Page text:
• other names: AtiyogaMahasandhi
• see also: Bon ; dzogrim (completion stage) ; King Trisong Deutsen ; Longchenpa ; Mahamudra ; mahasiddha (great accomplished one) ;  ngowo rangzhin tukjé (essence, nature and capacity) ; Nyingma ; Padmasambhava ; semnyi (nature of mind) ; tekpa gu (nine yanas) ; Vimalamitra
• external links: (Dzogchen): wiktionary / wikipedia / rigpawiki / rywiki / Himalayan Art / 84000 glossary ; (Dzogchen terminology): rigpawiki / Chinese Buddhist Encyclopedia

≫ dzogrim (Tibetan: རྫོགས་རིམ་, dzog rim; Wylie: rdzogs rim ; Sanskrit: संपन्नक्रम, IAST: saṃpannakrama = संपन्न, saṃpanna “accomplished, finished, completed” + क्रम, krama “step, stage” ; rywiki notes that the Sanskrit terms utpannakrama and niṣpannakrama are also translated as dzogrim, where उत्पन्न, utpanna = “arisen, born, produced” and निष्पन्न, niṣpanna “brought about, effected, succeeded, completed, finished, ready”) = the completion stage in Vajrayana Buddhism (also “perfection” or “fulfillment” stage), which is the second stage of Highest Yoga Tantra (Anuttara Yoga Tantra) in Vajrayana Buddhism. According to Sarah Harding, the completion stage can refer to either path of method (Tibetan: ཐབས་ལམ ; Wylie: thabs lam ; Sanskrit: उपयमर्ग, IAST: upayamarga) or the path of liberation (Tibetan: འགྲོལ་ལམ ; Wylie: ‘grol lam). The path of method includes various yogas associated with the subtle body of energy channels (Tibetan: རྩ་, tsa ; Wylie: rtsa), winds or currents (Tibetan: རླུང, lung ; Wylie: rlung), and drops or charged particles (Tibetan: ཐིག་ལེ, tiklé ; Wylie: thig le) which are said to converge at certain points along the spinal column called chakras. The goal of these yogas, which include the Six Yogas of Naropa, is to manifest the pristine awareness that is the union of bliss and emptiness. The path of liberation refers to Mahamudra or Dzogchen, which are methods of directly realizing and sustaining the natural state of mind, without the use of physical or energetic yogas.
• other languages: sampannakrama (Sanskrit), utpannakrama (Sanskrit)
• see also: kyerim (development stage or generation stage, the first stage of Highest Yoga Tantra)
• external links: wikipedia / rigpawiki / rywiki / 84000 glossary

 Dzongsar Jamyang Khyentse Rinpoche (Tibetan: རྫོང་གསར་འཇམ་དབྱངས་མཁྱེན་བརྩེ་རིན་པོ་ཆེ།, Wylie: rdzong gsar ‘jam dbyangs mkhyen brtse rin po che) (Born June 18, 1961) = a Tibetan/Bhutanese Buddhist master, filmmaker, and writer. Also known as Jamyang Thubten Chökyi Gyamtso or Jamyang Thubten Chökyi Gyatso (Tibetan: འཇམ་དབྱངས་ཐུབ་བསྟན་ཆོས་ཀྱི་རྒྱ་མཚོ་, Wylie: ‘jam dbyangs thub bstan chos kyi rgya mtsho) and Khyentse Norbu (Tibetan: མཁྱེན་བརྩེ་ནོར་བུ་, Wylie: mkhyen brtse nor bu). He is considered to be the current incarnation of Jamyang Khyentse Wangpo (the first Dzongsar Khyentse, 1820-1892) and Jamyang Khyentse Chökyi Lodrö (the second Dzongsar Khyentse, 1893-1959), and is the primary custodian of the Khyentse lineage and teachings. The present Dzongsar Jamyang Khyentse Rinpoche was born in 1961 in eastern Bhutan, and is the eldest son of Thinley Norbu Rinpoche. He was recognized as a tulku by H.H. Sakya Trizin, and received empowerments and teachings from many of the greatest masters of Tibetan Buddhism, including H.H. the 16th Karmapa; H.H. Dudjom Rinpoche (Dudjom Jigdral Yeshe Dorje) and Lama Sonam Zangpo (his paternal and maternal grandfathers); Chatral Rinpoche; Nyoshul Khen Rinpoche, Khenpo Appey, and many others. His root guru was H.H. Dilgo Khyentse Rinpoche, who began training Rinpoche from the age of 7. Rinpoche has teachers from all four major schools of Tibetan Buddhism and is a follower and champion of the Rimé (non-sectarian) movement.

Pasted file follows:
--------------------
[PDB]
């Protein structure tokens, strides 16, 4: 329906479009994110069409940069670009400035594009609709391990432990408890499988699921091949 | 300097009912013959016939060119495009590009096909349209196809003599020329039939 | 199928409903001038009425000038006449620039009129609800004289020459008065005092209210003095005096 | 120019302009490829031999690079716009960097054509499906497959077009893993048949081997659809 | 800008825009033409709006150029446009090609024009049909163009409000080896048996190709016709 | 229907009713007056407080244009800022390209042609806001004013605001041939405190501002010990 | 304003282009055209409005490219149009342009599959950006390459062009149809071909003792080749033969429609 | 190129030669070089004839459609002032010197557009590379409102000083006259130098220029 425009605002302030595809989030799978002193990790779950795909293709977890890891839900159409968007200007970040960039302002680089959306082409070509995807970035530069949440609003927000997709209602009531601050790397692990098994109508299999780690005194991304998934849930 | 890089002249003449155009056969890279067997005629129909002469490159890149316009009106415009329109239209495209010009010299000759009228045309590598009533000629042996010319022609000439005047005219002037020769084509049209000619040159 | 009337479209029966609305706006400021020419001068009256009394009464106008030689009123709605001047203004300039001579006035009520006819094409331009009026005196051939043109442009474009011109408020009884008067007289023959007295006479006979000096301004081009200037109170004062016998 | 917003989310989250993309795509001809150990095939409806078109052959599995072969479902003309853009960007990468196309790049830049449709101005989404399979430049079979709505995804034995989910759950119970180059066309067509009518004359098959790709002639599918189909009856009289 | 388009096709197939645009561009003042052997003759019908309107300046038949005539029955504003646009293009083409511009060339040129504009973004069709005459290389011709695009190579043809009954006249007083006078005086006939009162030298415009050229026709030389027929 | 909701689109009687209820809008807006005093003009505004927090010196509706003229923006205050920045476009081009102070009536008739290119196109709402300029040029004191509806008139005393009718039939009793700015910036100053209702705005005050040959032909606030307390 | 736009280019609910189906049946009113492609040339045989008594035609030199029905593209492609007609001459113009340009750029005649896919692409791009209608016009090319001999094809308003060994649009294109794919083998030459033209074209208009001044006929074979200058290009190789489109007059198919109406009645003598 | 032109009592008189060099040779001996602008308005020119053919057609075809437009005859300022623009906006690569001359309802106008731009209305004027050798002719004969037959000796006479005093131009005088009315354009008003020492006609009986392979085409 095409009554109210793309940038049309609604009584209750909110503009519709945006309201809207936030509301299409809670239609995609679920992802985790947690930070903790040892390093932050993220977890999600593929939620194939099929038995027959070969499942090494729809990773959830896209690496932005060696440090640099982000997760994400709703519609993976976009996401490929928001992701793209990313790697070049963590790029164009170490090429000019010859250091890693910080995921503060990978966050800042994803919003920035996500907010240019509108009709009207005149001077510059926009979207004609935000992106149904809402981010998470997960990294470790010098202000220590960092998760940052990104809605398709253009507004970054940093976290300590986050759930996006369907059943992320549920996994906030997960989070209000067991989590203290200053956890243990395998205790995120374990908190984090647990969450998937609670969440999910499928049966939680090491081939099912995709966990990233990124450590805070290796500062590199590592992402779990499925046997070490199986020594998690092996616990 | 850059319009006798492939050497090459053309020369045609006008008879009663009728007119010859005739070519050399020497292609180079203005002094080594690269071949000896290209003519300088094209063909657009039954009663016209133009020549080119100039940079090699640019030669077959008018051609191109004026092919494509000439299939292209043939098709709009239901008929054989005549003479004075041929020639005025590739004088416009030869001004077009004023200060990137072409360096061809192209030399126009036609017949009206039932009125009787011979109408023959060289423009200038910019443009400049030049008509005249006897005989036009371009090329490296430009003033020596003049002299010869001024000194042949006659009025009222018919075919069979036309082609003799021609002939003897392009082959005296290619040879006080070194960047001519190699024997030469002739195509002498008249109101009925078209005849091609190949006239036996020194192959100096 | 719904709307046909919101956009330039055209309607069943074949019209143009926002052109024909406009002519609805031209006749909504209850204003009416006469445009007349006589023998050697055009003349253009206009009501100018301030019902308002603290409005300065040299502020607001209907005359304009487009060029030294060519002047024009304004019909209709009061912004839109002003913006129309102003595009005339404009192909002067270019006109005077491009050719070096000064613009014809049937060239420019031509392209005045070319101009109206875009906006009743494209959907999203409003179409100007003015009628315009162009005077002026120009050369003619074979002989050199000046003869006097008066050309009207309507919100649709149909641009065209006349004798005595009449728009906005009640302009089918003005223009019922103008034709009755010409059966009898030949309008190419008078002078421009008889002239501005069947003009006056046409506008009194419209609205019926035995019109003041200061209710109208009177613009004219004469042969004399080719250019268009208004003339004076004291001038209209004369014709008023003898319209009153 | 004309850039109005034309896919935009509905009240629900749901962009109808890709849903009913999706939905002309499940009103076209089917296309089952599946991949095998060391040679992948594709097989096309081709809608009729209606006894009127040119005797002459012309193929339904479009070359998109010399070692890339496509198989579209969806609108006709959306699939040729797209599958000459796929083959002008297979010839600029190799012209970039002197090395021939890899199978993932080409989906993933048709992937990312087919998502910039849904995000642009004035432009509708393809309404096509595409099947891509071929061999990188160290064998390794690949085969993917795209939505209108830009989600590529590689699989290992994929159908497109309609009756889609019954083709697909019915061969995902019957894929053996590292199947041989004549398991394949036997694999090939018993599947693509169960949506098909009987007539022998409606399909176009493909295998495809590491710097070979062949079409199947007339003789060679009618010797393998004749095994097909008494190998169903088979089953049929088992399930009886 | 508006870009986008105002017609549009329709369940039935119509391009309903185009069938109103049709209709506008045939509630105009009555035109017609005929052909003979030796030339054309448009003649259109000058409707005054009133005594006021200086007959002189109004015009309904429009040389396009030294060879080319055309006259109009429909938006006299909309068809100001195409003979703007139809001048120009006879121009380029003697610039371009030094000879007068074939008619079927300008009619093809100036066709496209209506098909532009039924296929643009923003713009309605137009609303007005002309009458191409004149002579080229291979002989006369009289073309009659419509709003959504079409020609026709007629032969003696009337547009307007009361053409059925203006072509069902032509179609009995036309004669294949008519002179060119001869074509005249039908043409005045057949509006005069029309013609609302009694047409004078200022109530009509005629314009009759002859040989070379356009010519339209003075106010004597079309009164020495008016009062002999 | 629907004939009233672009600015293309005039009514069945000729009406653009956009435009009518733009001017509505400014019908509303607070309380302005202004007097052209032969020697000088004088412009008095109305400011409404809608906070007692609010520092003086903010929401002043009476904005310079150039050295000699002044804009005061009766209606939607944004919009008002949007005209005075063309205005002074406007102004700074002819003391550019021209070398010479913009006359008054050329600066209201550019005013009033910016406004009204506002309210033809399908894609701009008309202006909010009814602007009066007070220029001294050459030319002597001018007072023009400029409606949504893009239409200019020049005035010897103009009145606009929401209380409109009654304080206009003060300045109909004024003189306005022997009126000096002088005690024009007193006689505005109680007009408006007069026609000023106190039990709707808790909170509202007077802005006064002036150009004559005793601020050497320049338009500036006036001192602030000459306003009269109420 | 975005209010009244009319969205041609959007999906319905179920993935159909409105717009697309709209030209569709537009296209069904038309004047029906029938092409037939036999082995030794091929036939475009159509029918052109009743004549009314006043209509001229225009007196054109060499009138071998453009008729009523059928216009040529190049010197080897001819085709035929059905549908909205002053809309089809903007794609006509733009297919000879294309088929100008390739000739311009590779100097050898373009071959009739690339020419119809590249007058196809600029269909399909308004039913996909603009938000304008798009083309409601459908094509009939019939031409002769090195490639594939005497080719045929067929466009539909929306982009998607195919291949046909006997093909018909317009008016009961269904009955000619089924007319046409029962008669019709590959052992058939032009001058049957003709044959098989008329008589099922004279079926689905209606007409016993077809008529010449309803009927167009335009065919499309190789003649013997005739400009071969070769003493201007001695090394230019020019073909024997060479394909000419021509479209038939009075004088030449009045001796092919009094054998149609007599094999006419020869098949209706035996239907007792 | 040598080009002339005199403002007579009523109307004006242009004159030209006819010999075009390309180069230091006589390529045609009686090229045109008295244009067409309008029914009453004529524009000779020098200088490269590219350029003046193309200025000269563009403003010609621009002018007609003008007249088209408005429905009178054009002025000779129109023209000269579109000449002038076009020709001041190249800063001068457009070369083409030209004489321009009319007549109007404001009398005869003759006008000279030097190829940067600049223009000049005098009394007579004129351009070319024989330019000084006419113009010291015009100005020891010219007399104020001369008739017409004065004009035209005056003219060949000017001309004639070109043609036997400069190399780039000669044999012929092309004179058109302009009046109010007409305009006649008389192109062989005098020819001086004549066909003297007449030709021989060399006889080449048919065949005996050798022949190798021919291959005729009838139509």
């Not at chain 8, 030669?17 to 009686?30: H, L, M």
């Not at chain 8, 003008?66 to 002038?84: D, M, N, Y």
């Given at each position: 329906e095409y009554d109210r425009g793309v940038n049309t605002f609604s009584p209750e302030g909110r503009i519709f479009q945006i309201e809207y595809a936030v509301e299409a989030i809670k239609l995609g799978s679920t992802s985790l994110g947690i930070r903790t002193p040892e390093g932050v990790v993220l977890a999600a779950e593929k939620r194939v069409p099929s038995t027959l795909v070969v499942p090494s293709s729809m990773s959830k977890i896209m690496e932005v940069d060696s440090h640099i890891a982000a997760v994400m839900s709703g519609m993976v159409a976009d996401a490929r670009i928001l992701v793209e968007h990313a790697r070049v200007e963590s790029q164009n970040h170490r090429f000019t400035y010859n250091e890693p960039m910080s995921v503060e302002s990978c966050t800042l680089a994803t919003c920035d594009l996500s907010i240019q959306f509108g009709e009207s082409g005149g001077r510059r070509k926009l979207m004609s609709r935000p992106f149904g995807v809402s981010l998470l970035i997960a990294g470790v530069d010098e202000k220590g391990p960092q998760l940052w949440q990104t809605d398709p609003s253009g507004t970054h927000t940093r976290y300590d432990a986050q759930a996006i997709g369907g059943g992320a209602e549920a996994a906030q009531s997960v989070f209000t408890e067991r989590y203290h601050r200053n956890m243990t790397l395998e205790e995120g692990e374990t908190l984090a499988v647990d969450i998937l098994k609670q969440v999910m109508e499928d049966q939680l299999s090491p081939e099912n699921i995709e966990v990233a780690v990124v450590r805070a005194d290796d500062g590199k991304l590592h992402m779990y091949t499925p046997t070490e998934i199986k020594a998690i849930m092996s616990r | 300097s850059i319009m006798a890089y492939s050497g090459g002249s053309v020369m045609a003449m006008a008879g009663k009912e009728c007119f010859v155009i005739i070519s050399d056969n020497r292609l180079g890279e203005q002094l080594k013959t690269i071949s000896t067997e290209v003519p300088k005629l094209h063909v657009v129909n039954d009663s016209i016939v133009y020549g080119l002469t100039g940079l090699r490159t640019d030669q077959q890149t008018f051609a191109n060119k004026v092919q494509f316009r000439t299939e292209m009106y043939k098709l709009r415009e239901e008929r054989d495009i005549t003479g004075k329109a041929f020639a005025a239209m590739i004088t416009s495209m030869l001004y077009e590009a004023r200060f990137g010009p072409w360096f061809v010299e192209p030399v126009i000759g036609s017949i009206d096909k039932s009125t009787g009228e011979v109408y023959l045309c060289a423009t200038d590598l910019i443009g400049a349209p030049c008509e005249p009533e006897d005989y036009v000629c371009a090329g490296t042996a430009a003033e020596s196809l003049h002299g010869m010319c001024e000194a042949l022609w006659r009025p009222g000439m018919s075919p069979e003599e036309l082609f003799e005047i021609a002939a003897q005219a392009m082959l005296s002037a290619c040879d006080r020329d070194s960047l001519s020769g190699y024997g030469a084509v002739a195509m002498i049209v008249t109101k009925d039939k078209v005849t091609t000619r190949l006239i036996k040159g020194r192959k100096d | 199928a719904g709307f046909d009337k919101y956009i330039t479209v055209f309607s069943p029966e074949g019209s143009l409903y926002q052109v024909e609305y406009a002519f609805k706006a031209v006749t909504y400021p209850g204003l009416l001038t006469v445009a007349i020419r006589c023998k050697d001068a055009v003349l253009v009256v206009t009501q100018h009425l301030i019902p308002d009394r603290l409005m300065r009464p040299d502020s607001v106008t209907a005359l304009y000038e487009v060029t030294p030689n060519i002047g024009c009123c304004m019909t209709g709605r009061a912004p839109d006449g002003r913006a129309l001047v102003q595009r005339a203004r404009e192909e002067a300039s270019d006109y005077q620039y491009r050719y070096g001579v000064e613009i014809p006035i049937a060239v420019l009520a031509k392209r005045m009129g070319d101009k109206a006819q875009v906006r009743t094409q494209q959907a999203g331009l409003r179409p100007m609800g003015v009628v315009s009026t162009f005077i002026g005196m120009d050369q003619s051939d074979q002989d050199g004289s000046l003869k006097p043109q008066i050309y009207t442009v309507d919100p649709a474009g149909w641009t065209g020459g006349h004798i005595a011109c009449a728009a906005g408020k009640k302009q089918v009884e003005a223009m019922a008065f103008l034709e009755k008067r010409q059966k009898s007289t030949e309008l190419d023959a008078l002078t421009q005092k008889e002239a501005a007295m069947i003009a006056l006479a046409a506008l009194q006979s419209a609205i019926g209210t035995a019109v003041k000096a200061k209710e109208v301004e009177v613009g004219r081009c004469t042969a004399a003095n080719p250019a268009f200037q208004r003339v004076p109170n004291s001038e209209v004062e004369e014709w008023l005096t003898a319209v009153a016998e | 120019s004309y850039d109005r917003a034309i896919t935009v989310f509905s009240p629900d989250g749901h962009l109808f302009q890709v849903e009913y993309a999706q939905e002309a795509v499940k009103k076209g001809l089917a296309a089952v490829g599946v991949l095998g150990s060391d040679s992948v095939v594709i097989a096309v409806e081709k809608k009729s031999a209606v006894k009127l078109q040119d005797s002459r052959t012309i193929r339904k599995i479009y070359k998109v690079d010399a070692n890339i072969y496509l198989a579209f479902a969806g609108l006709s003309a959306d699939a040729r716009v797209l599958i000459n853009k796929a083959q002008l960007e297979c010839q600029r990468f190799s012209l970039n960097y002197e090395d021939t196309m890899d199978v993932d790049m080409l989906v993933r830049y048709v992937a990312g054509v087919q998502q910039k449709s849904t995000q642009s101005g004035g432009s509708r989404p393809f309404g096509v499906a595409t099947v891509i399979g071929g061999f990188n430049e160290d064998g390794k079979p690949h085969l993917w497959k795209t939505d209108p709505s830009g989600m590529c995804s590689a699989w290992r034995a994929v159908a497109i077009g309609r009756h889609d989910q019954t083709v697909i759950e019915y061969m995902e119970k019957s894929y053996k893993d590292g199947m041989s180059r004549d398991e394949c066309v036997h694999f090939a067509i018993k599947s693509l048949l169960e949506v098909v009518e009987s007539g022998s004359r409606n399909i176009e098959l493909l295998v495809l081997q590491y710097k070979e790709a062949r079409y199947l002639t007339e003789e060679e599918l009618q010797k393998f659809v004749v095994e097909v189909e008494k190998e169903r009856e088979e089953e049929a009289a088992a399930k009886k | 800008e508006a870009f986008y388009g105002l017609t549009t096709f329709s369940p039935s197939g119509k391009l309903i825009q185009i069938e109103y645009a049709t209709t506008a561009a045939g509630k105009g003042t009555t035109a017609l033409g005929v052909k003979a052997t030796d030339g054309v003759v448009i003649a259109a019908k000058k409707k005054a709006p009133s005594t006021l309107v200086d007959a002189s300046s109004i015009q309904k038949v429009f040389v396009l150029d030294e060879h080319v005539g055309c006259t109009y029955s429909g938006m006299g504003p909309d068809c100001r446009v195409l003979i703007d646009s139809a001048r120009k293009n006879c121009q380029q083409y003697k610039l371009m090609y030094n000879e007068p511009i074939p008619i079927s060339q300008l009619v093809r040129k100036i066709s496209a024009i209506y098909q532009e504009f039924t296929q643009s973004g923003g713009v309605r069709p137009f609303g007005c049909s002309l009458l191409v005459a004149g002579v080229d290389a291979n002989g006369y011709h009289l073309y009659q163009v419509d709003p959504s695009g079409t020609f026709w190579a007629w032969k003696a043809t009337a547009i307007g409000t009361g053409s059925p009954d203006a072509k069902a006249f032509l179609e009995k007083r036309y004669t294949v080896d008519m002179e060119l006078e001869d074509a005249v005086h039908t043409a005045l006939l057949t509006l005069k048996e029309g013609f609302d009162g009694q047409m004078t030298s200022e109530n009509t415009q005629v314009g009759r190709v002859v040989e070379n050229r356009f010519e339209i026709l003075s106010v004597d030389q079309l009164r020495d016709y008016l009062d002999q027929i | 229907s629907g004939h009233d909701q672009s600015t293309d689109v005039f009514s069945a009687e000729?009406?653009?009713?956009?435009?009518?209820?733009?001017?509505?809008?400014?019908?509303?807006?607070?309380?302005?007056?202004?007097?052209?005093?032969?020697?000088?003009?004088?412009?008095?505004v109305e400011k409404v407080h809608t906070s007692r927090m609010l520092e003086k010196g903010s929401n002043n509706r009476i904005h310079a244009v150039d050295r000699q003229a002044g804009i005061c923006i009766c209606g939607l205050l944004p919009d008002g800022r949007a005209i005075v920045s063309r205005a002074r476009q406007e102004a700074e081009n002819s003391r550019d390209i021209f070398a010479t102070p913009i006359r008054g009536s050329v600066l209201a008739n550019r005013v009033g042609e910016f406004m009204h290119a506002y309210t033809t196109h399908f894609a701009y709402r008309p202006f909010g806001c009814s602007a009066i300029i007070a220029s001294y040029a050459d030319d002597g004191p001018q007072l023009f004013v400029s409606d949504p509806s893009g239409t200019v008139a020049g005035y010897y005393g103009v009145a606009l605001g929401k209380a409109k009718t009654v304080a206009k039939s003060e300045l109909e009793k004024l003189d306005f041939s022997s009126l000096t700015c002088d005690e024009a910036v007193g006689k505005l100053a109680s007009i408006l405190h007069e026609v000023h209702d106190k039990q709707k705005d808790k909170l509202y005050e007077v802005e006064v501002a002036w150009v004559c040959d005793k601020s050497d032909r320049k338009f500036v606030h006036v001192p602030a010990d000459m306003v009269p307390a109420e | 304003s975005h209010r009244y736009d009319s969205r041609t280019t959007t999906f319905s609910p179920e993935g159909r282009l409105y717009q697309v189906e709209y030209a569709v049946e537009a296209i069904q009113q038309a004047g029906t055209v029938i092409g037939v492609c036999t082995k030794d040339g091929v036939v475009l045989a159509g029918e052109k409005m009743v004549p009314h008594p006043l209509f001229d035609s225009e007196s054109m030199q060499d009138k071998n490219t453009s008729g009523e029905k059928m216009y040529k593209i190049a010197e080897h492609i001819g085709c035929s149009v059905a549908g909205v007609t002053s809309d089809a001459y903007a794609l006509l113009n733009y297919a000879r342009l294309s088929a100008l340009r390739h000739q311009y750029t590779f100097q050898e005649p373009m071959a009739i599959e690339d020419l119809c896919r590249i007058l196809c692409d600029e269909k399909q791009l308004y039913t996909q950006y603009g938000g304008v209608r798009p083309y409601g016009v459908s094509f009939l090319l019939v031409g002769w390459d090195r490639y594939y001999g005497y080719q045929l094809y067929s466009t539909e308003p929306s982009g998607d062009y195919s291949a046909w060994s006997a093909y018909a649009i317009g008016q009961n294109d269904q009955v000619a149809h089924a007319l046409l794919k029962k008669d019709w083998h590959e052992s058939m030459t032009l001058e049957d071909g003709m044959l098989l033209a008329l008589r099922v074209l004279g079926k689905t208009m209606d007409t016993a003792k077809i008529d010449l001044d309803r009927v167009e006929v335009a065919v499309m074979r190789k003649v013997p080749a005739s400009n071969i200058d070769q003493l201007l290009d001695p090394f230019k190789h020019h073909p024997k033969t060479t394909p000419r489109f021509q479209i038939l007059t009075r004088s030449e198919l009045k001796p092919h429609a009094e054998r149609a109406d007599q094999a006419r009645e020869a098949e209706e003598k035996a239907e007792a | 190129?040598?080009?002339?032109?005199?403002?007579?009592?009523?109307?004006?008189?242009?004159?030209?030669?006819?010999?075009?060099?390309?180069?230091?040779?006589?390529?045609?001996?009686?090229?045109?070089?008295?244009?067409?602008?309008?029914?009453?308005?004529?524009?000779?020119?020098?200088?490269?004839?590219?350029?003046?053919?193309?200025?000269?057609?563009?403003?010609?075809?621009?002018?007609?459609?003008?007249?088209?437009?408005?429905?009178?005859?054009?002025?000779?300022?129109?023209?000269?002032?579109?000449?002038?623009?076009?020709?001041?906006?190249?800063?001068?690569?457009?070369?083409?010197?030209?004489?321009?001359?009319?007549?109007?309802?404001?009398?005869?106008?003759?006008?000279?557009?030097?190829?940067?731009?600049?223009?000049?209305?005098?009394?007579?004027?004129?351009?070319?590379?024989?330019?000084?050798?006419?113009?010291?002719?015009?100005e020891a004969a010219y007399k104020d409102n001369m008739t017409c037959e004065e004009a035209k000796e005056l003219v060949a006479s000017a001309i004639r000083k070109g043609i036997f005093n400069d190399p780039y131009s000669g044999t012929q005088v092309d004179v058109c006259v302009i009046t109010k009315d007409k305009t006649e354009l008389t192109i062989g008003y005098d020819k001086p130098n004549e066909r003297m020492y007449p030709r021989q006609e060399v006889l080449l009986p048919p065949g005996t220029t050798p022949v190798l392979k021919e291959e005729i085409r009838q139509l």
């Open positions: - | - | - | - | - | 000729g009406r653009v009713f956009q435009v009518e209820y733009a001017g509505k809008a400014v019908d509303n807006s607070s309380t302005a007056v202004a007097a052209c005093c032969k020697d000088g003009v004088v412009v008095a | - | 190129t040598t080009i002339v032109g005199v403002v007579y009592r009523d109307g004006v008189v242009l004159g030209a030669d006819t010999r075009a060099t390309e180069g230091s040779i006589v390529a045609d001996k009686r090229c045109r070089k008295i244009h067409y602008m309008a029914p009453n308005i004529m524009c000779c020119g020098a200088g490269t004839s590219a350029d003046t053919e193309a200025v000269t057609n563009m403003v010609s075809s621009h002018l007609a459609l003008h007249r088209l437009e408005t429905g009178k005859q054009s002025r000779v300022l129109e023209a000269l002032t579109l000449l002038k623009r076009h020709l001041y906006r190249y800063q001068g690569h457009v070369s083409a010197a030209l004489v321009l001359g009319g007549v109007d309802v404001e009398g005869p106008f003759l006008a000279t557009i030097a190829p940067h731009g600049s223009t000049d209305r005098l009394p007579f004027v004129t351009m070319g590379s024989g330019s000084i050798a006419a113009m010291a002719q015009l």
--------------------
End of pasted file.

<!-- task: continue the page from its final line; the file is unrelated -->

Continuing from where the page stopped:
• other names: Jamyang Thubten Chökyi GyamtsoKhyentse NorbuTsangpa Lhayi Metok
• Practice: “Work As Practice: Applying The Three Supreme Methods” by Dzongsar Jamyang Khyentse Rinpoche
• external links: wikipedia / rigpawiki / Treasury of Lives / Siddhartha’s Intent / Khyentse Foundation / Facebook; (memoir-in-progress) Mugwort-Born

≫ dzutrül [Tibetan: རྫུ་འཕྲུལ, dzutrül or dzüntrul ; Wylie: rdzu ‘phrul ; Sanskri: ऋद्धि, IAST: ṛddhi) = miraculous power, magical power, magical display.
• external links: 84000 glossary